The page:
Kitchen Lighting Scheme

For most of us the kitchen is the room where we spend the most time, preparing food, eating and entertaining. Proper lighting can help to make it safe, hygienic and enjoyable Even if you only want use the microwave you will need to be seeing the timer.


Whatever the shape or size of your kitchen, the lights should come from behind or to the side of where you are working not in front. Central pendant lighting gives a good general lighting, but that is all what you have. You will be forever working in your own shadow and cooking will be a headache.


You also need a high level of task lighting (light for a particular task ) at the sink, the cooker, the fridge and worktops, especially for chopping vegetables, tossing while cooking etc.


Kitchen light should be similar to true daylight so you can see when food is cooked or not. Don’t plug lights into sockets that are overloaded with appliances such as food processors. And don’t put lights in places where they could dazzle you while you are carrying boiling water or sharp implements. Your cupboards can have built in lights that are triggered when doors open.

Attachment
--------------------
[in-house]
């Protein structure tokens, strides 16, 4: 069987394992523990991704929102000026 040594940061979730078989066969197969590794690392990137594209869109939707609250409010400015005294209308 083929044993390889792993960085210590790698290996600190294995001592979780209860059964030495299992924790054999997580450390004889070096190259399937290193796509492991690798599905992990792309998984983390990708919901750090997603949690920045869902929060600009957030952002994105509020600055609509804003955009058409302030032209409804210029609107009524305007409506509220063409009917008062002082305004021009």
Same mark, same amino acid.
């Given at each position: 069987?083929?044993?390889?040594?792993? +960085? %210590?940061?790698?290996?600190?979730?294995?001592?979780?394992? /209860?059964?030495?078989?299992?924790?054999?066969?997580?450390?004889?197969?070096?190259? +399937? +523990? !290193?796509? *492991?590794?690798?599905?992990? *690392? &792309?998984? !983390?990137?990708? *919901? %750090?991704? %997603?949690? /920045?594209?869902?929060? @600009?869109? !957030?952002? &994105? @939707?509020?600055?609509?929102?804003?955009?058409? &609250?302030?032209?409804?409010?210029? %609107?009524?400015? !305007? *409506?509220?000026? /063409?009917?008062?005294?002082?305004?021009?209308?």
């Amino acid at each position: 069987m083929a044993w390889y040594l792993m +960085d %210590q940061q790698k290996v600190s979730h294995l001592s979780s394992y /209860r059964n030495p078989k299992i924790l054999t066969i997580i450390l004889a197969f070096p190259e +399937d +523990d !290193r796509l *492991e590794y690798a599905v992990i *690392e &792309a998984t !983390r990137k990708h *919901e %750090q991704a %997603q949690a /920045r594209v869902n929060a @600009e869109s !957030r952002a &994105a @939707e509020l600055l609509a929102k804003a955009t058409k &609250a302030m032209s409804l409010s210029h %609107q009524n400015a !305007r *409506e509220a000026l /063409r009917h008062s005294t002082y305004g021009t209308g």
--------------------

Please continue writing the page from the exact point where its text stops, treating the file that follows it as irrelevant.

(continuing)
Try this: If you have a central pendant light but want to illuminate a different area, put it on a longer cord then put a small hook into the ceiling above where you need the light and clip it over. This works particularly well over tables. Put mini florescent lights underneath wall units. They spread a good level of light over work surfaces. Choose a light in warm white.


Fit rows of down lights into the ceiling they emit light exactly where it is needed and give good color radiation. Also, because they are recessed, they are shielded from grease and dirt. Don’t worry about spacing them out evenly intervals or lining them up exactly.


Concentrate on where you need the light to fall rather than their position on the ceiling.

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